"Love is Blind" contestant Jeremy Hartwell says the producers behind the Netflix reality show plied contestants with booze, deprived them of food and water, and paid them less than minimum wage ... and now he's suing.
Jeremy, who appeared on season two of the popular reality dating show, is going after Netflix, production company Kinetic Content and casting company Delirium TV with a class action lawsuit.
According to the suit, obtained by TMZ, the show manufactured drama by forcing the contestants to film while they were drunk, starved, sleep-deprived and underpaid.
Jeremy claims the only drinks regularly provided to the cast were alcoholic beverages, energy drinks, soft drinks and mixers ... he says water was strictly limited during long days on set.
He claims producers would sometimes even withhold hotel room keys so contestants couldn't get sleep, while directing hotel staff not to provide the cast with food.
Jeremy says the combination of sleep deprivation, isolation, lack of food, and an excess of alcohol contributed to inhumane working conditions on the show ... and says it made cast members hungry for social connections, altering their emotions and decision-making.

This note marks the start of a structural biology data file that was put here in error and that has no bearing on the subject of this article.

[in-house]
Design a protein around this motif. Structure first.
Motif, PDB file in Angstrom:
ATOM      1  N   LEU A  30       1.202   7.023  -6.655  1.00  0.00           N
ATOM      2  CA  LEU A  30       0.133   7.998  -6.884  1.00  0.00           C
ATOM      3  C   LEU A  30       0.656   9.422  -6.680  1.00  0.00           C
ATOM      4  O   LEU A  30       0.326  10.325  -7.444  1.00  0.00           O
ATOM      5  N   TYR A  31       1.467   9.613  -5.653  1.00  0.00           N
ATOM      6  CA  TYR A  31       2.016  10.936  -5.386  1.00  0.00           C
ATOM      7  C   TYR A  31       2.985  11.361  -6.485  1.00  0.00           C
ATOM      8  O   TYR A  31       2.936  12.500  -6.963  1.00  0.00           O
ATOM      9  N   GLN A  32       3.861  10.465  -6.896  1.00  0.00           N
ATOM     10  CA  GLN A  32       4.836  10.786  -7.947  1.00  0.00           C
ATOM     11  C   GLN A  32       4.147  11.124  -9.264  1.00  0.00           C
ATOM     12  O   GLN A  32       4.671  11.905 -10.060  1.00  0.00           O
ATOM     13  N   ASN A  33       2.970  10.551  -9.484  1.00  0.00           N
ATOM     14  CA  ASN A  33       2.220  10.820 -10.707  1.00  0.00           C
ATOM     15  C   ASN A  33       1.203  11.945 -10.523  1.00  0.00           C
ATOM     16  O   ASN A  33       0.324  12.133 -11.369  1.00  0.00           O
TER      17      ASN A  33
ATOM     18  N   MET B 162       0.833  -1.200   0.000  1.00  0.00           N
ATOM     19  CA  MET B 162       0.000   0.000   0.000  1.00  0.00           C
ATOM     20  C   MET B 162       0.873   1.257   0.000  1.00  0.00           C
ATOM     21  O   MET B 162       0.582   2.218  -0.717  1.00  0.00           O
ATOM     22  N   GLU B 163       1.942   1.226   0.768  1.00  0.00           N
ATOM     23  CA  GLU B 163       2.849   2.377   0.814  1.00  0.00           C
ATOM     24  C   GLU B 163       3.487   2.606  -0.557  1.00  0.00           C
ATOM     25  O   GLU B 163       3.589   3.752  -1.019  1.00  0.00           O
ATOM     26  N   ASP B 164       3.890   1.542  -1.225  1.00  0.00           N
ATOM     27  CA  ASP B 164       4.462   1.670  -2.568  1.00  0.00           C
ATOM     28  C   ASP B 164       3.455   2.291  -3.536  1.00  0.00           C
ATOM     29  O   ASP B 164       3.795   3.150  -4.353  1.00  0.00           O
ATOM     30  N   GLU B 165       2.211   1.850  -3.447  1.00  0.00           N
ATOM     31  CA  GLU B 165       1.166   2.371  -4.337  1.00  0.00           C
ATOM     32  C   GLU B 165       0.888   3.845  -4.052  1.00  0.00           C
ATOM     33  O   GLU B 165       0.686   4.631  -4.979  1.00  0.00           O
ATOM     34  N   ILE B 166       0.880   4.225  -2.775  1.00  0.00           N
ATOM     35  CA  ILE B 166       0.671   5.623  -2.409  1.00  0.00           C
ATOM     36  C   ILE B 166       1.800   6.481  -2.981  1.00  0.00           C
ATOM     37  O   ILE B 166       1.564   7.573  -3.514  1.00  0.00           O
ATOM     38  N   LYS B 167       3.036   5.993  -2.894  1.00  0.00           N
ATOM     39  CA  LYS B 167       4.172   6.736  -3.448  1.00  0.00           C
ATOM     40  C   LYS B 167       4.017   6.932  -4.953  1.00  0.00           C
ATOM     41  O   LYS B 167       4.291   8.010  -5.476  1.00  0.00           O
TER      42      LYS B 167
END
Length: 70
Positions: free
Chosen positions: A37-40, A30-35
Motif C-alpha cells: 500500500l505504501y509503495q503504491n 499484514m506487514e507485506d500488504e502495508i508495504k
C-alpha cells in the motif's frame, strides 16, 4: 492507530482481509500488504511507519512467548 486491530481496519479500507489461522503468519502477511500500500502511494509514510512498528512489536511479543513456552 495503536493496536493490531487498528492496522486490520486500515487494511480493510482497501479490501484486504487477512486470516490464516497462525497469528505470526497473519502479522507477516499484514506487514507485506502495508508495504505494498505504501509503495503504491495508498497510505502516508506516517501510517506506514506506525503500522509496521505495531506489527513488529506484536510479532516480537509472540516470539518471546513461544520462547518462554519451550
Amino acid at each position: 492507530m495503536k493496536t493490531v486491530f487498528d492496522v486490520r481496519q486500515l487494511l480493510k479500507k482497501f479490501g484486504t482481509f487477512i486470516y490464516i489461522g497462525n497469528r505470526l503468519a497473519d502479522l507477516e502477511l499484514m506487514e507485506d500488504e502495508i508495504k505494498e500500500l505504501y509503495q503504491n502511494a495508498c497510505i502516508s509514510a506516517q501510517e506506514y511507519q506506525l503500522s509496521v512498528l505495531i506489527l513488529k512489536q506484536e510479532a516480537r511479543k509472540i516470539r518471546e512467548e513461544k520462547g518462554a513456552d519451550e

In the show, contestants go to separate pods to meet their dates, flirting and conversing through speakers while unable to see the other person. In order to meet in person, two contestants have to first get engaged.
Jeremy says he left the show feeling like a zombie and realized he was open to emotional manipulation during production.
As for the pay scale ... Jeremy says producers paid the cast a flat rate of $1,000 per week and forced them to work up to 20 hours a day, 7 days a week, working out to as little as $7.14 an hour ... well below L.A. County's $15 minimum wage.
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Jeremy, who wants more contestants from 'Love Is Blind' and other reality shows to join his class action suit, is going after Netflix, Kinetic and Delirium for money, and he wants them hit with civil penalties for labor code violations.
We reached out to Kinetic Content ... so far no word back.